White House does not dismiss idea of Castro visit

Reuters News
Posted: Dec 18, 2014 3:02 PM

By Roberta Rampton

WASHINGTON (Reuters) - The White House does not dismiss the possibility of an eventual, precedent-shattering visit to Washington by Cuban President Raul Castro as part of President Barack Obama's plans to normalize relations with Havana.

"I wouldn't rule out a visit from President Castro," White House spokesman Josh Earnest told reporters on Thursday, a day after the two governments announced they would restore ties and open embassies after half a century of hostility.

U.S. Assistant Secretary of State for Western Hemisphere Affairs Roberta Jacobson, who is expected to visit Cuba in January, said renewed relations were not directly tied to progress on human rights in Cuba.

"The president has had the leaders of both Burma and China to the United States," he said. By meeting such leaders, the United States can better influence countries to better respect universal human rights, he said. Republicans and some Democrats vowed to fight Obama's efforts to expand commercial ties with the communist-led island. Earnest shrugged off the threat that Congress would block the president.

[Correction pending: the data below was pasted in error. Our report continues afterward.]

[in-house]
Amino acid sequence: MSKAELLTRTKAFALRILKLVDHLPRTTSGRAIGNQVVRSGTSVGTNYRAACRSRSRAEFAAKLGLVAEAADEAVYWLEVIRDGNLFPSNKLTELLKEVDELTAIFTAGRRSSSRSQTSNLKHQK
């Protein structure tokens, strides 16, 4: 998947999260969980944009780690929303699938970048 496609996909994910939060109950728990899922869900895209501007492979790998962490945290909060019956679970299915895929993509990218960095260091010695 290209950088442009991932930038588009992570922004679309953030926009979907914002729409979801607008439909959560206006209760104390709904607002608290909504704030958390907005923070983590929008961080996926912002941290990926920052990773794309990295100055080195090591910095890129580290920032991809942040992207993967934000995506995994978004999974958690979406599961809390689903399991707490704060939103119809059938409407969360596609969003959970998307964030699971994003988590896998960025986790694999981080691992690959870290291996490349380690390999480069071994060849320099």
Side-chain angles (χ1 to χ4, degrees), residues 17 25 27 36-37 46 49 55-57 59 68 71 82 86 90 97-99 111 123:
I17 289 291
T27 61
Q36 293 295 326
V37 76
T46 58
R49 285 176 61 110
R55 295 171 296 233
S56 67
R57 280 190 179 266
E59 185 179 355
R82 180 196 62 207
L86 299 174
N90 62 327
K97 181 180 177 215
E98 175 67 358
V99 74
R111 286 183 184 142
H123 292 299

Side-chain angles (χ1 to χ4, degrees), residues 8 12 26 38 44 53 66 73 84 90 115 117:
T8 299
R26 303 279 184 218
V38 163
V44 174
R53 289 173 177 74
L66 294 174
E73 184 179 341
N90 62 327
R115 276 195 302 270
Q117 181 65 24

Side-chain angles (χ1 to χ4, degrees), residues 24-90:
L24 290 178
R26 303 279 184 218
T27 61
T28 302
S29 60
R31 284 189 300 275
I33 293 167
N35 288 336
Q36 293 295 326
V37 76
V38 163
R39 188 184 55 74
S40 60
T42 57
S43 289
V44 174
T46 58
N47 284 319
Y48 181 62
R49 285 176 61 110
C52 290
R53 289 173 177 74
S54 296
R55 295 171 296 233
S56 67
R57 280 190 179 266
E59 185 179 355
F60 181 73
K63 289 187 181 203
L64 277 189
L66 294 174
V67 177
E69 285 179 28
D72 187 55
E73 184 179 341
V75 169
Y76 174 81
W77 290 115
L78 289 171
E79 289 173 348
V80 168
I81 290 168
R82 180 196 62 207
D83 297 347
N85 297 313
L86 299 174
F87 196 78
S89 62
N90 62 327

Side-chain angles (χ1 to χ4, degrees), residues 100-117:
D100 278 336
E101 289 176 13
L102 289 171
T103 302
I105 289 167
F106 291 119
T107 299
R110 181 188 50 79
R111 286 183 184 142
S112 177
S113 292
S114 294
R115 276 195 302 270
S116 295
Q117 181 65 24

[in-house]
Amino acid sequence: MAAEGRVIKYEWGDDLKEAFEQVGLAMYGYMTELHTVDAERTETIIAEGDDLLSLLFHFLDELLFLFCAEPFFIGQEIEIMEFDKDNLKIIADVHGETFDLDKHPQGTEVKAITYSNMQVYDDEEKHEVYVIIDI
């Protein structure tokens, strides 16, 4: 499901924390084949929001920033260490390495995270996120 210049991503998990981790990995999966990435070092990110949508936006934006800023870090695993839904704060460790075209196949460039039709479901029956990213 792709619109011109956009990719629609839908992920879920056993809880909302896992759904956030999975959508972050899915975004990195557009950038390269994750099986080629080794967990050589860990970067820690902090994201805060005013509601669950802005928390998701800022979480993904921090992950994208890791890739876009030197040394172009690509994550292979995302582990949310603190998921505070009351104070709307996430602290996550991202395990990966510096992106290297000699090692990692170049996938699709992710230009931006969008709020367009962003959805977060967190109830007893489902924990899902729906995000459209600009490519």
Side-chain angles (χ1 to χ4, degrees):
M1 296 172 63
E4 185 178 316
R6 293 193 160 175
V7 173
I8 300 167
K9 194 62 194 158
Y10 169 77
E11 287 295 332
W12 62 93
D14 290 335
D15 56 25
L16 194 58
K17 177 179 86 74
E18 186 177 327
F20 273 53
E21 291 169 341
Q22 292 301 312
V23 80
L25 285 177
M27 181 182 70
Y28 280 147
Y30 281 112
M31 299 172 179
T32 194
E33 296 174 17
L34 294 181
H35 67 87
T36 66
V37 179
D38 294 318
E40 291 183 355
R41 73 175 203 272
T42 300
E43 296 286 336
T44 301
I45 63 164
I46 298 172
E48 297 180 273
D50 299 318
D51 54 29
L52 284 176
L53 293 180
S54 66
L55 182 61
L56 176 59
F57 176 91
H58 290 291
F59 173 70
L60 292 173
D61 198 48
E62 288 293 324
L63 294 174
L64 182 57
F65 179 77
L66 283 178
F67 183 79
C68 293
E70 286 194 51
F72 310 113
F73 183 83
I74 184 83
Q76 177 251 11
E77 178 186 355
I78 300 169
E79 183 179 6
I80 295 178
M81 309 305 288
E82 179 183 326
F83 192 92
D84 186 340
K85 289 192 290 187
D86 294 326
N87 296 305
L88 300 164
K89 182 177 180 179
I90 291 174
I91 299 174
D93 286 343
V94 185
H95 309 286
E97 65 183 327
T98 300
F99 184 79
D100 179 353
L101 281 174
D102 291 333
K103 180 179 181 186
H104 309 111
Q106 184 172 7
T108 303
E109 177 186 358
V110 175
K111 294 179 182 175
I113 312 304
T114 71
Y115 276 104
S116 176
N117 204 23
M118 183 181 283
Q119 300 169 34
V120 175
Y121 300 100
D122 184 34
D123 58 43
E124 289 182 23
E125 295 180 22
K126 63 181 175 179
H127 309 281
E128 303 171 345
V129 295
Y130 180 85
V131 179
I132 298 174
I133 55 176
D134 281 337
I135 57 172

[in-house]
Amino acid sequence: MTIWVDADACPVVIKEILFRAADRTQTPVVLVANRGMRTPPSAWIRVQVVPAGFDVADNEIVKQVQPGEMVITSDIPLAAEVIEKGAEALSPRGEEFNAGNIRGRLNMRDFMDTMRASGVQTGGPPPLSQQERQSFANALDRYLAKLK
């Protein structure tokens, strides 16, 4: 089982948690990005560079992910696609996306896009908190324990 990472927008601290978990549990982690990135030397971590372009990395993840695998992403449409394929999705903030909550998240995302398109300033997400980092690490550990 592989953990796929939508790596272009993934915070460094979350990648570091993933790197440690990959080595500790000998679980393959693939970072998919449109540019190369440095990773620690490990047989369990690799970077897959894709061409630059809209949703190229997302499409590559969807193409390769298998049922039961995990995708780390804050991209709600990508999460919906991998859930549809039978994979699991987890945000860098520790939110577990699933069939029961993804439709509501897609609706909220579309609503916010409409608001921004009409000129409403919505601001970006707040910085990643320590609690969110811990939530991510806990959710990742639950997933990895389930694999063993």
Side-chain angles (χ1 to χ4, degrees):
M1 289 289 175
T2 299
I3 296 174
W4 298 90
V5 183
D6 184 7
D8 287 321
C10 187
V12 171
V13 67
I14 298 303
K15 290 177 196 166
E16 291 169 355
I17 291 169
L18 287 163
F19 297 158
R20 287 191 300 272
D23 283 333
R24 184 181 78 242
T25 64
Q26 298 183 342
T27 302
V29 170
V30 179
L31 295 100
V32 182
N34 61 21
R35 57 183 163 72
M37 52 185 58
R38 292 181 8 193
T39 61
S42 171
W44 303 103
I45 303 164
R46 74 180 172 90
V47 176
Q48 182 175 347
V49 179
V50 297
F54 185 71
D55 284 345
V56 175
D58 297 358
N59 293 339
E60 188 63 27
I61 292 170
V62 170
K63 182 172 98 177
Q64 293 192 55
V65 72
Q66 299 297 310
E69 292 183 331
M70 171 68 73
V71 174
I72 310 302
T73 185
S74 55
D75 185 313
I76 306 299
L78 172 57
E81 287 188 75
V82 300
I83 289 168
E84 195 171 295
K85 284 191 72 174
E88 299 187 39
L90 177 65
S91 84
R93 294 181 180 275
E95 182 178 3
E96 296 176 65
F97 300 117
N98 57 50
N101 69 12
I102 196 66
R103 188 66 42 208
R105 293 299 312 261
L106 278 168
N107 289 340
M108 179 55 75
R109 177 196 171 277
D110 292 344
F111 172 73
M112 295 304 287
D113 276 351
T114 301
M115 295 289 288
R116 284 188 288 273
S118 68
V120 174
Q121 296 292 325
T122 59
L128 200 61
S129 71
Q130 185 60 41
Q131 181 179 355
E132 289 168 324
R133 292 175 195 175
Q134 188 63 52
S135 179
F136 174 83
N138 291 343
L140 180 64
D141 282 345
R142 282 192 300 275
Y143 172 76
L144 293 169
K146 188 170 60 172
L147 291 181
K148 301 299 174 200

"The steps that the president announced are steps that are well within his executive authority," he said, and the White House was "not particularly" worried they could be stopped.

Most legal experts have said the president has broad executive powers to ease restrictions on commerce, transportation and banking with Havana, even if Congress objects.

The biggest obstacle to normal ties between the two countries is a decades-old embargo. With Republicans due to take control of both houses of Congress in January, chances are slim of lawmakers scrapping all sanctions on Cuba soon.

Those sanctions are enshrined in law, most notably the Helms-Burton Act of 1996. Republican leaders have said they would not allow legislation to move in the House of Representatives that would ease the embargo.

Congressional Republicans have been quick to float other ideas for blocking or at least slowing the thaw in relations, including denying funds to reopen an embassy in Havana and blocking the confirmation of an ambassador to Cuba.

(Additional reporting by Richard Cowan, Patricia Zengerle and Arshad Mohammed; Editing by Howard Goller)

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